Nestled just inside York's historic walls, Refill does not immediately look like the site of a revolution. But owner Beverley Hadfield is on a mission to change the way we approach food.
A third of all food produced in the UK is wasted – either thrown away by consumers or deemed surplus to requirements by suppliers and supermarkets. We are overproducing and wasting food at an alarming rate that is unsustainable for the planet, even whilst food poverty remains a challenge for many households in the UK.
Through years of volunteering with the Real Junk Food Project, which helps redistribute surplus food, Beverley became aware of the scale of problem we face and was inspired to set up a similar initiative within York, setting up Refill as a CIC in 2019. Although the launch was initially delayed by the COVID-19 pandemic, she took over the premises of 26 Fairfax Street in June 2021.
Refill currently runs three days a week, offering hot drinks, pastries, and lunches – all created out of food rescued from in and around York by Beverley and her team of volunteers. Everything is listed for a fair, affordable price, ensuring the café is accessible to a range of incomes, and all profits are reinvested back into the project to keep it running.
Refill also hosts a Community Fridge, filled with surplus food that users can take home; there's no charge for doing so, and everyone in the community is welcome to use the Fridge, from students to working families. By making the Fridge accessible for all, Beverley hopes to remove the stigma from using free surplus food and diversify the user base, helping bring the community together.
The cafe also functions as a community venue when not serving, offering an affordable space in the city centre for local people to meet for book clubs, craft sessions, and community action.
The donations of food that provide the stock for Refill come from a huge range of sources, including large supermarkets, local allotments, and Brunswick Organic Nursery, a local charity that helps people with learning disabilities develop new skills. Anything that can't be used is picked up by a local composter and goes to make high-quality nutrients for the soil.
Large boards sit behind the counter, detailing how much waste has been averted to landfill so far, helping illustrate both the scale of the problem, and what a difference grassroots initiatives like Refill can make.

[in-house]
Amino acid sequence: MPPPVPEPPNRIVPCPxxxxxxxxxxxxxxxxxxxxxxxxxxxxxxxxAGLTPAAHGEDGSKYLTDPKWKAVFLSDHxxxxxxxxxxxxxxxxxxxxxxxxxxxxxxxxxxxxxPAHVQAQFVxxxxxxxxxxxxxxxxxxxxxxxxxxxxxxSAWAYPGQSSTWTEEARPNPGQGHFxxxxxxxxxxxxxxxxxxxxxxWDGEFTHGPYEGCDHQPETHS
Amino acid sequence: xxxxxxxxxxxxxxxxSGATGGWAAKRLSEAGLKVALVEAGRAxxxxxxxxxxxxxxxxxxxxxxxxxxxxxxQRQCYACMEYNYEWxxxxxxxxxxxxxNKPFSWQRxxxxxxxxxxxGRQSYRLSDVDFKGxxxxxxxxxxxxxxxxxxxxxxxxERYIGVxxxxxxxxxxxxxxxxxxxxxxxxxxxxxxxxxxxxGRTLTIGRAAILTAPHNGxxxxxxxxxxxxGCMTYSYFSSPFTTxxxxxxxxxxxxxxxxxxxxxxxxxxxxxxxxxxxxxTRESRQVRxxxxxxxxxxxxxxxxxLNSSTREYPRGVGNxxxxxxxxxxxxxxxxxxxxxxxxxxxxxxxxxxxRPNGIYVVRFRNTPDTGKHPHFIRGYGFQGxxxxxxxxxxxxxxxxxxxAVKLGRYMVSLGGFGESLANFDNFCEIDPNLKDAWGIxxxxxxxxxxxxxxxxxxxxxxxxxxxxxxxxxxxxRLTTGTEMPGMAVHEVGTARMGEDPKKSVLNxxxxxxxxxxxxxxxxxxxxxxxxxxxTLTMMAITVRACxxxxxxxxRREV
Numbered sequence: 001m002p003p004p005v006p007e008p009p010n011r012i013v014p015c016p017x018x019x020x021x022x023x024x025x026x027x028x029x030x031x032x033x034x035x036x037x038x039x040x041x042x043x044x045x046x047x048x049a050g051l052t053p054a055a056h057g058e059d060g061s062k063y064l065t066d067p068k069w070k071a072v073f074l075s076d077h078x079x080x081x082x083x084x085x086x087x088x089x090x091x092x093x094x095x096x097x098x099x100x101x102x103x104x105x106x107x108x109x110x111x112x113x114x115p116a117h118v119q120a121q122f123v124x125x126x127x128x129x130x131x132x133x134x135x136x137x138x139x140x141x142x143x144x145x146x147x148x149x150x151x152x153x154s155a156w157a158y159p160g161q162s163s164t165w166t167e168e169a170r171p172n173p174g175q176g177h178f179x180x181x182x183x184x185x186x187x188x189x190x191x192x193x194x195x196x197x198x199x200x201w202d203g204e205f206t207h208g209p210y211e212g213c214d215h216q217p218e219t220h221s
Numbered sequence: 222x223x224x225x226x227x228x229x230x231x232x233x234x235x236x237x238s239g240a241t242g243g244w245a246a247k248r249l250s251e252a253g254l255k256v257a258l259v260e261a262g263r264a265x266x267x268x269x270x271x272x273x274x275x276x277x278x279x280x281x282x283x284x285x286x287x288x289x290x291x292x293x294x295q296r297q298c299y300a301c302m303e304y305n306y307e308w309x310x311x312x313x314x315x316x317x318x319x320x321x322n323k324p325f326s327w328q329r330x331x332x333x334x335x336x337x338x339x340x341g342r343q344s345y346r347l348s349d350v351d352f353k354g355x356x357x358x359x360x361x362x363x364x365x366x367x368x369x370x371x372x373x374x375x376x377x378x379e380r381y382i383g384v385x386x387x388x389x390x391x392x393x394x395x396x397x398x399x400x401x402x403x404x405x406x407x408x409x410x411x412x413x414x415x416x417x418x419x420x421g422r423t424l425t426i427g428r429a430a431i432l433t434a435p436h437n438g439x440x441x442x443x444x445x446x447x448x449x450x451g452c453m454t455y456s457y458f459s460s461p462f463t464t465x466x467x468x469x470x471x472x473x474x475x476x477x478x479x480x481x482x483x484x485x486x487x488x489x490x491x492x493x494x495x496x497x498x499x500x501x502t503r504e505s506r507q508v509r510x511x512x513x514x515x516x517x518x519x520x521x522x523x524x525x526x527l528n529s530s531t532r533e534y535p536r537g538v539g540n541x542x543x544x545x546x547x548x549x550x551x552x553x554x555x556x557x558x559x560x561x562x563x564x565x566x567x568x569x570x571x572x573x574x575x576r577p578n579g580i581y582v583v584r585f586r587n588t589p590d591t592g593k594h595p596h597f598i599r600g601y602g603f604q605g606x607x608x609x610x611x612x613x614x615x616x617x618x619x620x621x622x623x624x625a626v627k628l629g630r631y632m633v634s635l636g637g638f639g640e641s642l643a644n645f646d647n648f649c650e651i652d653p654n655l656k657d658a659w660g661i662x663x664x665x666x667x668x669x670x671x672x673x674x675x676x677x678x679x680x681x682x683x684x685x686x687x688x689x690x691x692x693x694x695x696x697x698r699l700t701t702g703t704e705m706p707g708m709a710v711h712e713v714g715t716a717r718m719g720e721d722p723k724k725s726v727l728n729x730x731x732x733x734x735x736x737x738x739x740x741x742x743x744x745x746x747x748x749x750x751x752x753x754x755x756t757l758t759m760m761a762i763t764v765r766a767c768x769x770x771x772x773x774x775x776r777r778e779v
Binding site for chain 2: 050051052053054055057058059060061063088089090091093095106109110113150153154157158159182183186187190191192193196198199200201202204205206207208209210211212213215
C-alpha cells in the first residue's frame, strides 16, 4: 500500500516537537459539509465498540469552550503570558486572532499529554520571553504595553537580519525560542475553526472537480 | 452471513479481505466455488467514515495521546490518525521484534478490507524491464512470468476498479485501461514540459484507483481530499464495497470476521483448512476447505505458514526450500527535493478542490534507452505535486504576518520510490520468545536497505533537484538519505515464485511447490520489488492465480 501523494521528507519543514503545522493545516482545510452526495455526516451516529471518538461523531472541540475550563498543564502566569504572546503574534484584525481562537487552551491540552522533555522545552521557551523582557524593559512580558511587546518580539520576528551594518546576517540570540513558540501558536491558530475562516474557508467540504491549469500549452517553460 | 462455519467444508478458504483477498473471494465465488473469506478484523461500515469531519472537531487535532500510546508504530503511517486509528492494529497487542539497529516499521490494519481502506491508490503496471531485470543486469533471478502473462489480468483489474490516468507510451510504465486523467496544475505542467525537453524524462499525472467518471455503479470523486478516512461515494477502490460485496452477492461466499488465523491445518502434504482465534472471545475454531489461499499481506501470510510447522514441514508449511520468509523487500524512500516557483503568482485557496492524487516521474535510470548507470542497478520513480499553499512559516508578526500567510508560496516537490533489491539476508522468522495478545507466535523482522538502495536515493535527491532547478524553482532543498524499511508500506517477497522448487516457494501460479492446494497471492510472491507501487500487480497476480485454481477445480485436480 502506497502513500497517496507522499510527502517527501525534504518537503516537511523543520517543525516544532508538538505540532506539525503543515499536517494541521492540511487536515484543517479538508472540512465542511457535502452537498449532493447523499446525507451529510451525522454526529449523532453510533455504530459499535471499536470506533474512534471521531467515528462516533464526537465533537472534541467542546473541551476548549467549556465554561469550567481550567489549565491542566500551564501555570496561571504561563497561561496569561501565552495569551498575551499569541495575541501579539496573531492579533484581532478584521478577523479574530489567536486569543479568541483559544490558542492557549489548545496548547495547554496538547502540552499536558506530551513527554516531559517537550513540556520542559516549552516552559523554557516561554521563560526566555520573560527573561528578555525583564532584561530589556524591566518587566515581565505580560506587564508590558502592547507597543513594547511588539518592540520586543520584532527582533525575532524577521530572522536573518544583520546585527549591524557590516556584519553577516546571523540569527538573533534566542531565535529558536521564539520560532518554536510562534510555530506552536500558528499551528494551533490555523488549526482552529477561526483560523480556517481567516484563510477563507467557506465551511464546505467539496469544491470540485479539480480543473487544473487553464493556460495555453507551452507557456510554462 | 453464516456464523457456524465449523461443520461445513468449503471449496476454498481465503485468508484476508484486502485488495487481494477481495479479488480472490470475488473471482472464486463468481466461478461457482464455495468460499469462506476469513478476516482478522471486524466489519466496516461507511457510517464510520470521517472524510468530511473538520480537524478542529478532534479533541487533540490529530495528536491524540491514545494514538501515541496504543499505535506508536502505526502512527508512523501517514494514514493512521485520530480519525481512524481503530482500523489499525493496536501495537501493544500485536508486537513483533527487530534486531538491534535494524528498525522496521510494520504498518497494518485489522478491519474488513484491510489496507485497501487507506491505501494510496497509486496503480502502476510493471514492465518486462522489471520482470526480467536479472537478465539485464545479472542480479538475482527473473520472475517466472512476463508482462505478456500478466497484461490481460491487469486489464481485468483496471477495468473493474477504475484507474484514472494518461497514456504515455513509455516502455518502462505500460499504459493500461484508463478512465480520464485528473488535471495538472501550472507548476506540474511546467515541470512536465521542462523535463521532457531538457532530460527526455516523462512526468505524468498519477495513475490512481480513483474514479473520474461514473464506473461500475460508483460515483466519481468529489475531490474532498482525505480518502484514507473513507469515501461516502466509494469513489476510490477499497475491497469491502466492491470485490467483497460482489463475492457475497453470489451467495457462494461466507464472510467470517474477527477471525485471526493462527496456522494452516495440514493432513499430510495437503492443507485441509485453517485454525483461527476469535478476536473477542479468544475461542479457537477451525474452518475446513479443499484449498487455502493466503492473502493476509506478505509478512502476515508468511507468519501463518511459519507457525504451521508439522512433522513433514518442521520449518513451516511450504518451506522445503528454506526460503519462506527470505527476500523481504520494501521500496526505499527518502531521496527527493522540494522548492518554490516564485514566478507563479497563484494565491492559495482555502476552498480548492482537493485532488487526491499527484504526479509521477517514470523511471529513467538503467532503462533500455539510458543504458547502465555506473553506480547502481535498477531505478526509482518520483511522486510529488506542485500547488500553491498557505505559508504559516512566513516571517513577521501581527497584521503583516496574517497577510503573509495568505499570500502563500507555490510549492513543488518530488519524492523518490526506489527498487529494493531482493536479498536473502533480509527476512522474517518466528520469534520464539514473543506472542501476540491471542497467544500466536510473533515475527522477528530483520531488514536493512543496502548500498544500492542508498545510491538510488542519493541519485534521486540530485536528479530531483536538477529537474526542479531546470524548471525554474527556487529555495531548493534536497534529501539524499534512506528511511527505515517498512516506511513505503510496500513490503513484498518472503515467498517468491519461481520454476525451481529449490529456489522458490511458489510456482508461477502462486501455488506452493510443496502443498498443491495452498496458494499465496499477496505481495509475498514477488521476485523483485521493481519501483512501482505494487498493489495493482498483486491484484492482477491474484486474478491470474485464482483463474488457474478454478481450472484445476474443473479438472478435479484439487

Beverley has high hopes for the future of Refill, hoping to expand it to be able to make jams and preserves from surplus fruit and offer zero-waste catering for events, which would provide the revenue for the café to open full-time and offer employment to local people. The café already has a growing presence on social media, and its eco-conscious approach, accessibility, and collaboration with other organisations is a great example of circular economy within the community.
I was really inspired by my work with the Real Junk Food Project, who I had volunteered with for years before starting Refill, and still work with today - we try and ensure all our projects are working together to avoid duplicating effort.
Reaching out to other local businesses and initiatives was also key - lots of my stock comes from local allotments and small businesses; the pastries, for example, are surplus stock from a local baker. But this collaboration comes in at both ends - a local composting champion, John Cossham, picks up what can't be used by the kitchen and puts it into his composting heaps instead, ensuring nothing is wasted.
I would also say a really important part of the work is ensuring that we're breaking down barriers; anyone can come and collect food from our Community Fridge, regardless of income level, and every item on the menu is fairly-priced so that anyone can come in and get a cup of tea without it breaking the bank.
- Kilograms of food used and associated carbon savings, which are displayed to customers on boards behind the counter.
Read more: https://refillkitchen.org/